Wiping out internet for weeks, derecho made world smaller

Cedar Rapids man finds bright spots despite Mediacom 'nightmare'

Mitchell Levin stands Aug. 31 in the front yard of his damaged house in southeast Cedar Rapids. Levin hadn't been able t
Mitchell Levin stands Aug. 31 in the front yard of his damaged house in southeast Cedar Rapids. Levin hadn’t been able to blog or write a monthly column for an Israeli magazine since because he internet was out at his home for weeks after the storm passed. (Jim Slosiarek/The Gazette)

CEDAR RAPIDS — As Mitchell Levin was writing an article upstairs in his Cedar Rapids home, he noticed the August sky darken.

It was the beginning of a few minutes that changed the rest of his year. Then his house went dark.

After that, a loud thud came from above as a tree pierced his roof. Right after his generator kicked in, he heard the crashing of his dining room windows blown out from the wind.

While those few minutes made for “probably the worst moment” of 2020, something else made it even more problematic for Levin: a lack of internet for weeks.

He was one of the thousands of Cedar Rapidians to go an extended period without internet service following the Aug. 10 derecho.

At first, he thought it wasn’t such a problem. Mediacom service was not his top priority.

“Because we had to get the tree literally out of the house,” Levin said.

But the roof was getting fixed. His internet wasn’t.

“Dealing with Mediacom turned into a nightmare,” he said. “When things started to settle down, I realized the cavalry wasn’t coming, that Mediacom didn’t care.”

Levin, whose wife died in 2019, felt “cut off” from the world. He missed making three weeks of posts on his blog “This Day in Jewish History.” He missed his monthly column that has run in an Israeli magazine since 2010, too.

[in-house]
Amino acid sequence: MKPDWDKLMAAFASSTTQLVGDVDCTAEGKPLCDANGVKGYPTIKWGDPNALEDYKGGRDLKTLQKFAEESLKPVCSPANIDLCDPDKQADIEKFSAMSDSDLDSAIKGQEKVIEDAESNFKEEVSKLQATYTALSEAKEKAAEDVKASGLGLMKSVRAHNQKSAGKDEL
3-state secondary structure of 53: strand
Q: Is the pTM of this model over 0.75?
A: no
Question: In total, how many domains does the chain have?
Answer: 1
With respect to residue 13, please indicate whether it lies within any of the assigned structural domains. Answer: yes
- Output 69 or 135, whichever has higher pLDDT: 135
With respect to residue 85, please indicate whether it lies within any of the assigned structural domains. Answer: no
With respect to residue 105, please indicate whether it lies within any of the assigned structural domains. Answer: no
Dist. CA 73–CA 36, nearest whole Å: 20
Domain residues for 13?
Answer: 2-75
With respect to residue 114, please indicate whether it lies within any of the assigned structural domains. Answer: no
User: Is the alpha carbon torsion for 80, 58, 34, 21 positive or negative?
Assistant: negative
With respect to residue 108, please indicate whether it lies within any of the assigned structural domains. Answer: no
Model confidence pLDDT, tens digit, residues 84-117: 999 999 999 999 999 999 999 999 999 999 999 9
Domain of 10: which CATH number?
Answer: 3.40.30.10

“All of a sudden, the blog was gone, and the column was gone,” Levin said. “When Deb died, one of the few things that gave me an anchor was doing this stuff. … The world was much smaller.”


Eventually, he hired an electrician to fix his service. Mediacom still hasn’t come to take a look at the line in his backyard.

He’s trying not to dwell too much on his derecho misfortune, though.

“Those are the dark moments,” Levin said. “But there have been other moments where people have been amazingly helpful.”

From the contractor fixing his roof to the staff at his doctor’s office, Levin said people have been exceedingly kind and helpful. A group of friends coordinates trips to the grocery store so that Levin doesn’t risk contracting the coronavirus while shopping.

“I have some friends who, as I told my brother, are conspiring to keep me alive,” Levin said.

He didn’t lose his sense of humor in the process during a challenging 2020.

“Somebody asked me, ‘How do you know that it’s a 30-year roof?’” Levin said. “I’m 76 years old. Do you think I really worry about whether it’s a 30-year roof?”

Comments: (319) 398-8394; john.steppe@thegazette.com

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